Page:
David Geffen said to me, “You can’t play Vegas – I thought you were just some guy who hung around in Vegas with Connie Stevens.” That hurt. And besides, what’s wrong with that? Wilbur Clark’s Desert Inn? Everybody from André Previn… everybody who was ever anybody played on that stage at the Desert Inn, but all of a sudden it wasn’t OK to do it. You were risking your career by going up to Vegas and playing the casinos. You were. That’s the insane thing. Now nobody cares, because Celine Dion has her own nightclub or whatever. They’re all there now, because that’s where the money is. But it was a lot about your politics. It was so funny, you’ve got Gil Scott-Heron saying the theme song for the revolution will not be written by Jimmy Webb or sung by Glen Campbell. It was so ironic. People who know me were laughing hysterically, because I was all for putting bombs under police cars; I was one step away from being radicalised.
Someone recently said some of those songs you did with Glen like Wichita Lineman, Phoenix, and Galveston might be considered forerunners of what would become the Americana movement several years later. Do you hear that in there?
Well, I don’t know what Americana is, and certainly they don’t claim me, but that’s the story of my life. And it doesn’t fucking bother me either, and you can print that. They don’t exactly claim me as Americana, so the fact that Glen and I might’ve invented the genre is kind of ironic. If you take that point of view, and I’m not sure that I do. But at any rate, we were making what we called country crossovers. And in actual fact, Glen did pioneer that kind of record, he brought country-inspired music into the mainstream. The pop mainstream. And in so doing, he laid the foundation for Lionel Richie and Kenny Rogers and then, later on, any number of country-flavoured stars.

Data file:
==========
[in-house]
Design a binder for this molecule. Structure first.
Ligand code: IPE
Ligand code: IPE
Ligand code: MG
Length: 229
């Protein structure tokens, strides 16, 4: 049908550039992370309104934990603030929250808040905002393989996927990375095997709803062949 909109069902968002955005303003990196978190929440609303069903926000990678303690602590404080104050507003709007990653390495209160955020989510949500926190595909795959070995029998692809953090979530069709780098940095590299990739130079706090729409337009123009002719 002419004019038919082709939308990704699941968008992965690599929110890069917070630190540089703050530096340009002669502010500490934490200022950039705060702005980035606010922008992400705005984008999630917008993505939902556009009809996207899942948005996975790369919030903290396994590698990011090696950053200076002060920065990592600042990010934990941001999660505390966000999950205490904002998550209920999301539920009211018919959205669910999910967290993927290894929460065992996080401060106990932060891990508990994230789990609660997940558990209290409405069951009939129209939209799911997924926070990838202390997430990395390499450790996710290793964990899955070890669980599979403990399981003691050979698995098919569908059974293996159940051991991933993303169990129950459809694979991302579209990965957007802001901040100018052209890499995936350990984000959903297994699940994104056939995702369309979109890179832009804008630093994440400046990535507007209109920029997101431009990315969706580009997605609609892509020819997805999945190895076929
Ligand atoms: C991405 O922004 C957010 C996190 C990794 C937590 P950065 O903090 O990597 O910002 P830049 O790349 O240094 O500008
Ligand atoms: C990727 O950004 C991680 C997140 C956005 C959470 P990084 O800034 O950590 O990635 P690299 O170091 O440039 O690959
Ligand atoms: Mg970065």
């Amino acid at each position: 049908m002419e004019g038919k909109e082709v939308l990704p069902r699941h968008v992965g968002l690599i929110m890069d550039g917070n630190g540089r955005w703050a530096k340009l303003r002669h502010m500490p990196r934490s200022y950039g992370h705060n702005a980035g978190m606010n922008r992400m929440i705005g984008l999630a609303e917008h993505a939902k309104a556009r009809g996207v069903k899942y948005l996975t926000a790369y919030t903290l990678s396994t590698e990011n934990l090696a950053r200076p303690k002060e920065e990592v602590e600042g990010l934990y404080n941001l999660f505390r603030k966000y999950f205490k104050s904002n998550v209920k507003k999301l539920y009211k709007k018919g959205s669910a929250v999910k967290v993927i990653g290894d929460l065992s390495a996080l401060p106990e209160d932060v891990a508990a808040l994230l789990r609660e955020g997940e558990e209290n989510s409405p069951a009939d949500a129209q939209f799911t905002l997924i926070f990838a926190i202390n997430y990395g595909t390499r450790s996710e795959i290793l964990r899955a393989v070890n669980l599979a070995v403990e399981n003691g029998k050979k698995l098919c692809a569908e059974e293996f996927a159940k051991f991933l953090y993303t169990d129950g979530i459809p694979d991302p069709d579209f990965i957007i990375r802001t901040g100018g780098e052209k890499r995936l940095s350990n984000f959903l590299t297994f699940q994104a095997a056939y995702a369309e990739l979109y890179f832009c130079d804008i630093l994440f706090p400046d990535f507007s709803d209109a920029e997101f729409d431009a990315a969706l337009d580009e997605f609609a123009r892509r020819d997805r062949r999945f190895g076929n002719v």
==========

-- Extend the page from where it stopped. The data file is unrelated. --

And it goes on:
MacArthur Park is one of the most mindblowing recordings of all time. I would imagine the first time people even heard it, they must’ve thought what the hell is this? Did people think you were nuts?
Bones Howe was producing The Association and he called me up one day and said, “Do you think you could write like a pop thing, a rock thing, but it could have movements, like a symphony orchestra does, so it’s sort of like a miniature symphonic piece?” And I said, “I think I’m the only person…” I was pretty cocky. So three days later I went in, they’ve got ashtrays full of cigarettes and there’s beers sitting everywhere, and you can tell this is the last day, they’re trying to get the freakin’ record done, and they’re waiting for me. I get the sheet music out and I’m playing it, (sings) “I recall the yellow cotton dress…” and it’s going over pretty good – because it would’ve been a pretty good song for them, if you think about it, right? And then I got into the second part – and the guys are kind of looking at their watches and looking at Bones, and I know what they’re thinking – that they’ve got 11 songs already, and they’ve only got room for 12 songs, and in those days there was a finite length to album sides. So I launch into the allegro, I’m really into it, I’m thinking, “These guys, they gotta be LOVING this,” I get
“I went out with my dad, and it was like an act. The church really was my first taste of show business.”